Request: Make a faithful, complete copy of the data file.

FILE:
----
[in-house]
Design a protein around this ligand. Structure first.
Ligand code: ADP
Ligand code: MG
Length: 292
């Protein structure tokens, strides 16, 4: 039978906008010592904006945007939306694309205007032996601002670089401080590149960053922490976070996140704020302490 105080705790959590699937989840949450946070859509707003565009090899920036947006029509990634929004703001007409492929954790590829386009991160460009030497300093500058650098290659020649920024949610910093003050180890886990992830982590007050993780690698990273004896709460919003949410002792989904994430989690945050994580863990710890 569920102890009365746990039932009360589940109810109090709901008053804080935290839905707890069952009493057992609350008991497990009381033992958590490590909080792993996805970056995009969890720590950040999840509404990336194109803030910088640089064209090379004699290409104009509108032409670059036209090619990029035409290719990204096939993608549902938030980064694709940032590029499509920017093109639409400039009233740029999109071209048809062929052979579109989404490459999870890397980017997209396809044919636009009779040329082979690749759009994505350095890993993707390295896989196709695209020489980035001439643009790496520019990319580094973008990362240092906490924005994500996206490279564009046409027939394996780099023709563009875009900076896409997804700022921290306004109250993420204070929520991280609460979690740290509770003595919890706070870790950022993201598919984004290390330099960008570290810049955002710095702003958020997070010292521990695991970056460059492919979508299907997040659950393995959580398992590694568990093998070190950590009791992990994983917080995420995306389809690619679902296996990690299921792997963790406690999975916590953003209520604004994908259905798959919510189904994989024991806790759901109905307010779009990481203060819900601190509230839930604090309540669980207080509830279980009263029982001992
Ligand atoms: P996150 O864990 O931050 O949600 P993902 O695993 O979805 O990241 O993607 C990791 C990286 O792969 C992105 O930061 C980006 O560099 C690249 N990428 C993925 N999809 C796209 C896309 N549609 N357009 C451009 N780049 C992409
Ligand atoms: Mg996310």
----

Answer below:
[in-house]
Design a protein around this ligand. Structure first.
Ligand code: ADP
Ligand code: MG
Length: 292
């Protein structure tokens, strides 16, 4: 039978906008010592904006945007939306694309205007032996601002670089401080590149960053922490976070996140704020302490 105080705790959590699937989840949450946070859509707003565009090899920036947006029509990634929004703001007409492929954790590829386009991160460009030497300093500058650098290659020649920024949610910093003050180890886990992830982590007050993780690698990273004896709460919003949410002792989904994430989690945050994580863990710890 569920102890009365746990039932009360589940109810109090709901008053804080935290839905707890069952009493057992609350008991497990009381033992958590490590909080792993996805970056995009969890720590950040999840509404990336194109803030910088640089064209090379004699290409104009509108032409670059036209090619990029035409290719990204096939993608549902938030980064694709940032590029499509920017093109639409400039009233740029999109071209048809062929052979579109989404490459999870890397980017997209396809044919636009009779040329082979690749759009994505350095890993993707390295896989196709695209020489980035001439643009790496520019990319580094973008990362240092906490924005994500996206490279564009046409027939394996780099023709563009875009900076896409997804700022921290306004109250993420204070929520991280609460979690740290509770003595919890706070870790950022993201598919984004290390330099960008570290810049955002710095702003958020997070010292521990695991970056460059492919979508299907997040659950393995959580398992590694568990093998070190950590009791992990994983917080995420995306389809690619679902296996990690299921792997963790406690999975916590953003209520604004994908259905798959919510189904994989024991806790759901109905307010779009990481203060819900601190509230839930604090309540669980207080509830279980009263029982001992
Ligand atoms: P996150 O864990 O931050 O949600 P993902 O695993 O979805 O990241 O993607 C990791 C990286 O792969 C992105 O930061 C980006 O560099 C690249 N990428 C993925 N999809 C796209 C896309 N549609 N357009 C451009 N780049 C992409
Ligand atoms: Mg996310």